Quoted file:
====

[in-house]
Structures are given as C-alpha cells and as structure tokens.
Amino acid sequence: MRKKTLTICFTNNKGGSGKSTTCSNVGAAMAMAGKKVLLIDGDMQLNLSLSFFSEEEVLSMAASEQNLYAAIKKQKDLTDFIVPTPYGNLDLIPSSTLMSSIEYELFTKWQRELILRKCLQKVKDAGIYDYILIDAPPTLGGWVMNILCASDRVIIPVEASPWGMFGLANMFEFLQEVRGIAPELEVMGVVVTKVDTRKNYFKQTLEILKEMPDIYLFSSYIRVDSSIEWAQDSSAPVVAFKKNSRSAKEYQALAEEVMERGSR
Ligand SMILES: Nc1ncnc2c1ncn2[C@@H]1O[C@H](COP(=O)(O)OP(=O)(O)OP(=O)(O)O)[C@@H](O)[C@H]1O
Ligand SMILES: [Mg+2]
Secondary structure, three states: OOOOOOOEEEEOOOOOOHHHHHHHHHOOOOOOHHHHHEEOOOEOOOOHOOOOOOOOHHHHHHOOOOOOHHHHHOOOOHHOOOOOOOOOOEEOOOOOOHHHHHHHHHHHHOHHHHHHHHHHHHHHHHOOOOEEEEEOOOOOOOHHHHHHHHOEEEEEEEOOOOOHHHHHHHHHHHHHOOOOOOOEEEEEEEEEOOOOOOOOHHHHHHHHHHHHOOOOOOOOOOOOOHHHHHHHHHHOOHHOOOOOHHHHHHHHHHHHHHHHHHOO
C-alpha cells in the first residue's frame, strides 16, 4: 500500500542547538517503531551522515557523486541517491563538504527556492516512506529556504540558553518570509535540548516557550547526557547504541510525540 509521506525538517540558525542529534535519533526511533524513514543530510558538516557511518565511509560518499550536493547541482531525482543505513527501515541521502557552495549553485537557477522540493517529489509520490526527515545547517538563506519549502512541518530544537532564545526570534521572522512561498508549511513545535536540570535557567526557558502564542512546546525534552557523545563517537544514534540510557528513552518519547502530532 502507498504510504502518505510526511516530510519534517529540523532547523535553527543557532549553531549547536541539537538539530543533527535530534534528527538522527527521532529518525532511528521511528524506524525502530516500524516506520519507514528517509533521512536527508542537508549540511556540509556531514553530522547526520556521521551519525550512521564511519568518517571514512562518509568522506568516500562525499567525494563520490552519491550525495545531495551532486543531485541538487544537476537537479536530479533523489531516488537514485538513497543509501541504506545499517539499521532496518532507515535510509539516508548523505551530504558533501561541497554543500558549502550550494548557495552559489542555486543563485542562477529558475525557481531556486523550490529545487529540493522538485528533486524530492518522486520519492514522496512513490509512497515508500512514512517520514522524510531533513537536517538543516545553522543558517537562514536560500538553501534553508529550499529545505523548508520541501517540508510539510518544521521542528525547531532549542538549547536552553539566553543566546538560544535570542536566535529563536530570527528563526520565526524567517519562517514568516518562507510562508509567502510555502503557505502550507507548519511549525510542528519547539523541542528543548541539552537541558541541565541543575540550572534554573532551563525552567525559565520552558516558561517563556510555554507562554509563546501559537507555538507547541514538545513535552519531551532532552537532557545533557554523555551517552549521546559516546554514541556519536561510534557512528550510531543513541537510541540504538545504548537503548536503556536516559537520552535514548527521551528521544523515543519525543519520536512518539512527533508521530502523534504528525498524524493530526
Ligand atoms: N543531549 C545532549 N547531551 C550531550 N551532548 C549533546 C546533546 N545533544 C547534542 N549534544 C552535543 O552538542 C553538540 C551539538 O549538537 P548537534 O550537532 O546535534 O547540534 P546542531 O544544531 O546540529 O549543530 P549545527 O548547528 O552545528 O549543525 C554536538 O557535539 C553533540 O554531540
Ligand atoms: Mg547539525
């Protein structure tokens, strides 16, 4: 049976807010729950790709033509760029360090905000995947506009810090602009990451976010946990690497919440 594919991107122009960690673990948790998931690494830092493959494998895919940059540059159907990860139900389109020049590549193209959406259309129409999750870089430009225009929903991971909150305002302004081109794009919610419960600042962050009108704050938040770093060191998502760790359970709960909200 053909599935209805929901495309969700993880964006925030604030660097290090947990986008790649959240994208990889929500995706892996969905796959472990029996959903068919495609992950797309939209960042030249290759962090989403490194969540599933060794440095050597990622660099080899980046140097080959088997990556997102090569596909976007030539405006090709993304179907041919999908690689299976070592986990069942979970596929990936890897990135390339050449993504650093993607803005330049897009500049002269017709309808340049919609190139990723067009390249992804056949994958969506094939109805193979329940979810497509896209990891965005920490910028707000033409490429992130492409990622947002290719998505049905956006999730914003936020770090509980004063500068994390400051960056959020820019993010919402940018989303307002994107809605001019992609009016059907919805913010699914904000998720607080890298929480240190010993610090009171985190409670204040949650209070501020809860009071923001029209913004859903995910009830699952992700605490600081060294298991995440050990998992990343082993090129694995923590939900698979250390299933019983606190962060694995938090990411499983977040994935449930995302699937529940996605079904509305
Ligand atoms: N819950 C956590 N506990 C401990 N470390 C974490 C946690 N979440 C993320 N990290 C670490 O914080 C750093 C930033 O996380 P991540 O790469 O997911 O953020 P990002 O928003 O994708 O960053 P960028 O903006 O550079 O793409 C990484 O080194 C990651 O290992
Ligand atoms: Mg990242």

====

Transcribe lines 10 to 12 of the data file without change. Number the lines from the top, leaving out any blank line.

């Protein structure tokens, strides 16, 4: 049976807010729950790709033509760029360090905000995947506009810090602009990451976010946990690497919440 594919991107122009960690673990948790998931690494830092493959494998895919940059540059159907990860139900389109020049590549193209959406259309129409999750870089430009225009929903991971909150305002302004081109794009919610419960600042962050009108704050938040770093060191998502760790359970709960909200 053909599935209805929901495309969700993880964006925030604030660097290090947990986008790649959240994208990889929500995706892996969905796959472990029996959903068919495609992950797309939209960042030249290759962090989403490194969540599933060794440095050597990622660099080899980046140097080959088997990556997102090569596909976007030539405006090709993304179907041919999908690689299976070592986990069942979970596929990936890897990135390339050449993504650093993607803005330049897009500049002269017709309808340049919609190139990723067009390249992804056949994958969506094939109805193979329940979810497509896209990891965005920490910028707000033409490429992130492409990622947002290719998505049905956006999730914003936020770090509980004063500068994390400051960056959020820019993010919402940018989303307002994107809605001019992609009016059907919805913010699914904000998720607080890298929480240190010993610090009171985190409670204040949650209070501020809860009071923001029209913004859903995910009830699952992700605490600081060294298991995440050990998992990343082993090129694995923590939900698979250390299933019983606190962060694995938090990411499983977040994935449930995302699937529940996605079904509305
Ligand atoms: N819950 C956590 N506990 C401990 N470390 C974490 C946690 N979440 C993320 N990290 C670490 O914080 C750093 C930033 O996380 P991540 O790469 O997911 O953020 P990002 O928003 O994708 O960053 P960028 O903006 O550079 O793409 C990484 O080194 C990651 O290992
Ligand atoms: Mg990242």